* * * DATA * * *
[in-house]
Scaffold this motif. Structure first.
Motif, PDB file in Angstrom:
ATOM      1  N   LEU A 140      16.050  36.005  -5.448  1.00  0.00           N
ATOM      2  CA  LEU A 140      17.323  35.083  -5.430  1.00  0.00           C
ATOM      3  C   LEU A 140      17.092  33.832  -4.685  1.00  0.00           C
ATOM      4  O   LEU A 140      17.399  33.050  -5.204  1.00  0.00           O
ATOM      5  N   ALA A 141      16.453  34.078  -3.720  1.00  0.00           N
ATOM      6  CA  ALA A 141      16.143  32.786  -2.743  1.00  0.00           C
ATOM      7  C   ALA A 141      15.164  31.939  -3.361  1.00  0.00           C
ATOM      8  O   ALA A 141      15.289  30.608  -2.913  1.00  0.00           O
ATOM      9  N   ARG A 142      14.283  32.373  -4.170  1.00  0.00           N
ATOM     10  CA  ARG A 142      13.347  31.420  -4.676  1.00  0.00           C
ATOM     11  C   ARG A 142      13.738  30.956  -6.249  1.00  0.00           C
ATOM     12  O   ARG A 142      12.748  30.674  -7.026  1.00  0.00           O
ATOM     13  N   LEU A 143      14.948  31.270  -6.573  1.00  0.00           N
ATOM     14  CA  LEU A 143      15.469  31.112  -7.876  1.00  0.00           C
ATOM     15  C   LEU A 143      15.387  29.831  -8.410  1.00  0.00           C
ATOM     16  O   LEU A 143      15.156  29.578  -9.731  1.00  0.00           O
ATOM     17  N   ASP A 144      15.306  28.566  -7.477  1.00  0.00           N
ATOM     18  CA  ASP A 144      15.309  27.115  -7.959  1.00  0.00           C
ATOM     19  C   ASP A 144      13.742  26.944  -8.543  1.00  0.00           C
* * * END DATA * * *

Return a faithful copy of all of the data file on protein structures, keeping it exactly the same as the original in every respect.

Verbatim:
[in-house]
Scaffold this motif. Structure first.
Motif, PDB file in Angstrom:
ATOM      1  N   LEU A 140      16.050  36.005  -5.448  1.00  0.00           N
ATOM      2  CA  LEU A 140      17.323  35.083  -5.430  1.00  0.00           C
ATOM      3  C   LEU A 140      17.092  33.832  -4.685  1.00  0.00           C
ATOM      4  O   LEU A 140      17.399  33.050  -5.204  1.00  0.00           O
ATOM      5  N   ALA A 141      16.453  34.078  -3.720  1.00  0.00           N
ATOM      6  CA  ALA A 141      16.143  32.786  -2.743  1.00  0.00           C
ATOM      7  C   ALA A 141      15.164  31.939  -3.361  1.00  0.00           C
ATOM      8  O   ALA A 141      15.289  30.608  -2.913  1.00  0.00           O
ATOM      9  N   ARG A 142      14.283  32.373  -4.170  1.00  0.00           N
ATOM     10  CA  ARG A 142      13.347  31.420  -4.676  1.00  0.00           C
ATOM     11  C   ARG A 142      13.738  30.956  -6.249  1.00  0.00           C
ATOM     12  O   ARG A 142      12.748  30.674  -7.026  1.00  0.00           O
ATOM     13  N   LEU A 143      14.948  31.270  -6.573  1.00  0.00           N
ATOM     14  CA  LEU A 143      15.469  31.112  -7.876  1.00  0.00           C
ATOM     15  C   LEU A 143      15.387  29.831  -8.410  1.00  0.00           C
ATOM     16  O   LEU A 143      15.156  29.578  -9.731  1.00  0.00           O
ATOM     17  N   ASP A 144      15.306  28.566  -7.477  1.00  0.00           N
ATOM     18  CA  ASP A 144      15.309  27.115  -7.959  1.00  0.00           C
ATOM     19  C   ASP A 144      13.742  26.944  -8.543  1.00  0.00           C